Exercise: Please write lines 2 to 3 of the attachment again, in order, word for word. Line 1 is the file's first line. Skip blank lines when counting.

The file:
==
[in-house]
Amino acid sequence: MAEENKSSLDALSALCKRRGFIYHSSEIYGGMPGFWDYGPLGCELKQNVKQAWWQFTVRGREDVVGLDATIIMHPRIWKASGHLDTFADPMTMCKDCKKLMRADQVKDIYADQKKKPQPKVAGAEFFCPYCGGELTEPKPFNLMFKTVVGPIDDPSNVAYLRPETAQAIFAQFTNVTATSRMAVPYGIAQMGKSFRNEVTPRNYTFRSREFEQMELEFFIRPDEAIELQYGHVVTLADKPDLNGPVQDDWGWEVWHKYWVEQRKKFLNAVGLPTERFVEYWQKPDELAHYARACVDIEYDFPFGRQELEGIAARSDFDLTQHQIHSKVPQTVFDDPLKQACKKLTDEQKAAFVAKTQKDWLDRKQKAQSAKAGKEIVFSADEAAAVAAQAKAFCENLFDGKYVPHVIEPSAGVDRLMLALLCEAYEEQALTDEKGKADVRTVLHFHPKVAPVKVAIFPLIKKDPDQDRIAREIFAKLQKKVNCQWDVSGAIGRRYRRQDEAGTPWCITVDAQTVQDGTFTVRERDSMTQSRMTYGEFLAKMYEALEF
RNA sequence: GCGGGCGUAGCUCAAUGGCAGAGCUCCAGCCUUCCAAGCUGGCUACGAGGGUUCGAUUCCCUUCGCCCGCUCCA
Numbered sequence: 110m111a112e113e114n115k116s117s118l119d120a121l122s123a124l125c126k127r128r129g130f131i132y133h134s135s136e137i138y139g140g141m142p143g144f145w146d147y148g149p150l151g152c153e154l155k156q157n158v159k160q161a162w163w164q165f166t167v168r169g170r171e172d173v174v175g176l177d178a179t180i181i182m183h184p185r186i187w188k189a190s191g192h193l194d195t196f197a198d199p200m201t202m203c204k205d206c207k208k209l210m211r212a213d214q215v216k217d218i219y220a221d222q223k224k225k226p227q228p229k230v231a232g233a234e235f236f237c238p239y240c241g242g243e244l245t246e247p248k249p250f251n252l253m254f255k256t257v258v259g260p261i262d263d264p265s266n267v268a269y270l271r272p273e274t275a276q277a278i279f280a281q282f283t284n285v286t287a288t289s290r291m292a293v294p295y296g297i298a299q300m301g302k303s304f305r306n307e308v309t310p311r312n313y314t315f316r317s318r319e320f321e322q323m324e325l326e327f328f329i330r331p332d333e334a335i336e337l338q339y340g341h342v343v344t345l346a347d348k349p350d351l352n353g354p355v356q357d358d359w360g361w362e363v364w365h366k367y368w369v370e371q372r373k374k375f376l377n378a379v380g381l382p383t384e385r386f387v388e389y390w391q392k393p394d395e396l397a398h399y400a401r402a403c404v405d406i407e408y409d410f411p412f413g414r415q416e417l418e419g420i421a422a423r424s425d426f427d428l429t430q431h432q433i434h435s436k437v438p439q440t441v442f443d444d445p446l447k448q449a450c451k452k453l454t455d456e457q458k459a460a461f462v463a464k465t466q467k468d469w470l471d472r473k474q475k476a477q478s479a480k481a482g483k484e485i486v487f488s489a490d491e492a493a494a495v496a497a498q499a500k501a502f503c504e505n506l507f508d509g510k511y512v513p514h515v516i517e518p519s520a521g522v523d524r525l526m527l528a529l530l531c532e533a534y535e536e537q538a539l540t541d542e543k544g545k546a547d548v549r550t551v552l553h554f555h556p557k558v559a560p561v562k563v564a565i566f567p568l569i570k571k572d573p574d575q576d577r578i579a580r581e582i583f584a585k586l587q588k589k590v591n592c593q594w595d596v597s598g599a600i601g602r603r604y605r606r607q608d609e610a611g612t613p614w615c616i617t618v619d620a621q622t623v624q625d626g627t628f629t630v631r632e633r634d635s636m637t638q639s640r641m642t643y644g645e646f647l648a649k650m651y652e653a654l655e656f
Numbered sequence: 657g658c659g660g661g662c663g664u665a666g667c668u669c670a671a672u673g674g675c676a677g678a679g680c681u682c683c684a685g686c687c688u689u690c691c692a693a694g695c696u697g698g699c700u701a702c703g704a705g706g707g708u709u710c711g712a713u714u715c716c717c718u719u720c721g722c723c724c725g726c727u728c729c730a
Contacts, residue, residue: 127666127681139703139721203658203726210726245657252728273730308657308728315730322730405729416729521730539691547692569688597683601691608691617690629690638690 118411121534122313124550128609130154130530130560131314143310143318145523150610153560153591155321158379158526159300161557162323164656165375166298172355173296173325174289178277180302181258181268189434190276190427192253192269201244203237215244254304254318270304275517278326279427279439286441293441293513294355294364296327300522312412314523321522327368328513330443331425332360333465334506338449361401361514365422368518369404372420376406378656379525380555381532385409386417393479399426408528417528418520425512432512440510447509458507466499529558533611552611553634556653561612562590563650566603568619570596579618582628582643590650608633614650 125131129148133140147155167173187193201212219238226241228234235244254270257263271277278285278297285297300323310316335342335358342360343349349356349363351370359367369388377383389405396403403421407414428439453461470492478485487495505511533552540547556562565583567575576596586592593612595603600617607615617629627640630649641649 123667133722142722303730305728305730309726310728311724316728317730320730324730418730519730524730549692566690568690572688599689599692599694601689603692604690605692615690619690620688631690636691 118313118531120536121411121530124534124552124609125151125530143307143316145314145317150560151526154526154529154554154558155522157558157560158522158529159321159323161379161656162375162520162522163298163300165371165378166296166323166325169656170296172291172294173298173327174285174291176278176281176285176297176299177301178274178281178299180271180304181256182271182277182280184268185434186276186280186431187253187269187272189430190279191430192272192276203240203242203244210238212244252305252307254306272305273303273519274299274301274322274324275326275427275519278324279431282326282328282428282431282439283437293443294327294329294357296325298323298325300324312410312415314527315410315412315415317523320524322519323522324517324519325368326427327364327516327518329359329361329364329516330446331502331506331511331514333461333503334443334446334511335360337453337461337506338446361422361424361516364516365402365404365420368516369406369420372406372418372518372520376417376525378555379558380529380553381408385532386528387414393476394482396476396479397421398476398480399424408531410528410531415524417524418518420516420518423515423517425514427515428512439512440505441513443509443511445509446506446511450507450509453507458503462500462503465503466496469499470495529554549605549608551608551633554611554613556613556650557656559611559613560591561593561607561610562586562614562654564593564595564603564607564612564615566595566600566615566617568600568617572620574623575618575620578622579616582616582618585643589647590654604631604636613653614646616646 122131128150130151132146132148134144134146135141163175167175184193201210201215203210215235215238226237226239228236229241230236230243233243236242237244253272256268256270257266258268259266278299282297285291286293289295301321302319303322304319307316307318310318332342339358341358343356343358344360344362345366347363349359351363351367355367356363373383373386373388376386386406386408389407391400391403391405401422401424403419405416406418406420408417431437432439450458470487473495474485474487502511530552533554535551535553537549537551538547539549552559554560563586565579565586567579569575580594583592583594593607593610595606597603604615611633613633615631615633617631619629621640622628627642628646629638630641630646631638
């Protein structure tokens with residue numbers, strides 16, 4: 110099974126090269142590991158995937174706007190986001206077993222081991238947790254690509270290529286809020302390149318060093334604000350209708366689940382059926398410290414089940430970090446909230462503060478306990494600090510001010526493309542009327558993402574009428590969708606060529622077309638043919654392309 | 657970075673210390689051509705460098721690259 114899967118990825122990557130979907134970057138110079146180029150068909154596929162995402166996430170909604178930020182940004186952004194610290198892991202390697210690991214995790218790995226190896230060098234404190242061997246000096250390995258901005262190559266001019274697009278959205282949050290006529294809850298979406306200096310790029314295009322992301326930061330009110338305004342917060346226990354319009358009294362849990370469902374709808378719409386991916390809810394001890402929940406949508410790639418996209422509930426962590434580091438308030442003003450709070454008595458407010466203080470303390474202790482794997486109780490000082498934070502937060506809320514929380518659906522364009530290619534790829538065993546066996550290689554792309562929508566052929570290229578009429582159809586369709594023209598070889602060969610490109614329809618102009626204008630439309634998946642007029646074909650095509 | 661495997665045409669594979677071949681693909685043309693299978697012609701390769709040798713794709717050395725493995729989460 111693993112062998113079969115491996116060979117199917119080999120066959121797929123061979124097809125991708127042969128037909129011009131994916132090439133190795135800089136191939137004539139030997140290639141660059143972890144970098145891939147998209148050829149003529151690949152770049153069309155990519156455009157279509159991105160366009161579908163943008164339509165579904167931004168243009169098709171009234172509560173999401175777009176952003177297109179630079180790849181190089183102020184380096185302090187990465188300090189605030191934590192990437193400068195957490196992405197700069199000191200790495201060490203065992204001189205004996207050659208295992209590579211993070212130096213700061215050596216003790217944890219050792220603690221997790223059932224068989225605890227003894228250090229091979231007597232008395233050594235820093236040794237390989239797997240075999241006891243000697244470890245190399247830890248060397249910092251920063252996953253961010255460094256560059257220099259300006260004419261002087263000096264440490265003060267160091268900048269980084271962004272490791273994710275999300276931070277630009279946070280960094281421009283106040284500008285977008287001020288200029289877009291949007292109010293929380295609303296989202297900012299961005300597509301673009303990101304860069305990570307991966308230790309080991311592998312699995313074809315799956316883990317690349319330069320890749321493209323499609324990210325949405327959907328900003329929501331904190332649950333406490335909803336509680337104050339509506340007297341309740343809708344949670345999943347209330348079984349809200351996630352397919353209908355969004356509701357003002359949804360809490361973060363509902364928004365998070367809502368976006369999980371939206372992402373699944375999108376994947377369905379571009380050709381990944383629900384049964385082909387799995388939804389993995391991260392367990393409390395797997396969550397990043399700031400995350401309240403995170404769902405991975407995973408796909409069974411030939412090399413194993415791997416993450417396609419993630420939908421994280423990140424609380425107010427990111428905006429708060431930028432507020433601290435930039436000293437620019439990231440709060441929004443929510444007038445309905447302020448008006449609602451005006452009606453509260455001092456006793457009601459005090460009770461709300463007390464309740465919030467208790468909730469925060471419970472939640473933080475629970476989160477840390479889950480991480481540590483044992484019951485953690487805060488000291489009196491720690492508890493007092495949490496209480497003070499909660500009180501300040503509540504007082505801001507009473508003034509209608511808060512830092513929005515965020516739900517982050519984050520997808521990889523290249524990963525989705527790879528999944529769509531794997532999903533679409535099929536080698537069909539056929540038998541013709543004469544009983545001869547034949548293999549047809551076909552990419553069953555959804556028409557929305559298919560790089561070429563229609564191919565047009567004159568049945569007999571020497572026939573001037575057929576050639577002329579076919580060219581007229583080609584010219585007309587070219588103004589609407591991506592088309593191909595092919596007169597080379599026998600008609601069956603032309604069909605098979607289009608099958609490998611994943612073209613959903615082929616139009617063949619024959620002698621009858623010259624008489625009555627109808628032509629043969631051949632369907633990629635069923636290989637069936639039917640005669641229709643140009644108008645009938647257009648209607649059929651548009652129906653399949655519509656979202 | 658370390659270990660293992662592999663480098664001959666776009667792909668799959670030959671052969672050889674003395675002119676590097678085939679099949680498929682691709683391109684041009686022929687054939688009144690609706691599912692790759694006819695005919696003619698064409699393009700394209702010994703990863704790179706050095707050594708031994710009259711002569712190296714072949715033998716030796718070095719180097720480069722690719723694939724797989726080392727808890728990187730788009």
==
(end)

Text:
Amino acid sequence: MAEENKSSLDALSALCKRRGFIYHSSEIYGGMPGFWDYGPLGCELKQNVKQAWWQFTVRGREDVVGLDATIIMHPRIWKASGHLDTFADPMTMCKDCKKLMRADQVKDIYADQKKKPQPKVAGAEFFCPYCGGELTEPKPFNLMFKTVVGPIDDPSNVAYLRPETAQAIFAQFTNVTATSRMAVPYGIAQMGKSFRNEVTPRNYTFRSREFEQMELEFFIRPDEAIELQYGHVVTLADKPDLNGPVQDDWGWEVWHKYWVEQRKKFLNAVGLPTERFVEYWQKPDELAHYARACVDIEYDFPFGRQELEGIAARSDFDLTQHQIHSKVPQTVFDDPLKQACKKLTDEQKAAFVAKTQKDWLDRKQKAQSAKAGKEIVFSADEAAAVAAQAKAFCENLFDGKYVPHVIEPSAGVDRLMLALLCEAYEEQALTDEKGKADVRTVLHFHPKVAPVKVAIFPLIKKDPDQDRIAREIFAKLQKKVNCQWDVSGAIGRRYRRQDEAGTPWCITVDAQTVQDGTFTVRERDSMTQSRMTYGEFLAKMYEALEF
RNA sequence: GCGGGCGUAGCUCAAUGGCAGAGCUCCAGCCUUCCAAGCUGGCUACGAGGGUUCGAUUCCCUUCGCCCGCUCCA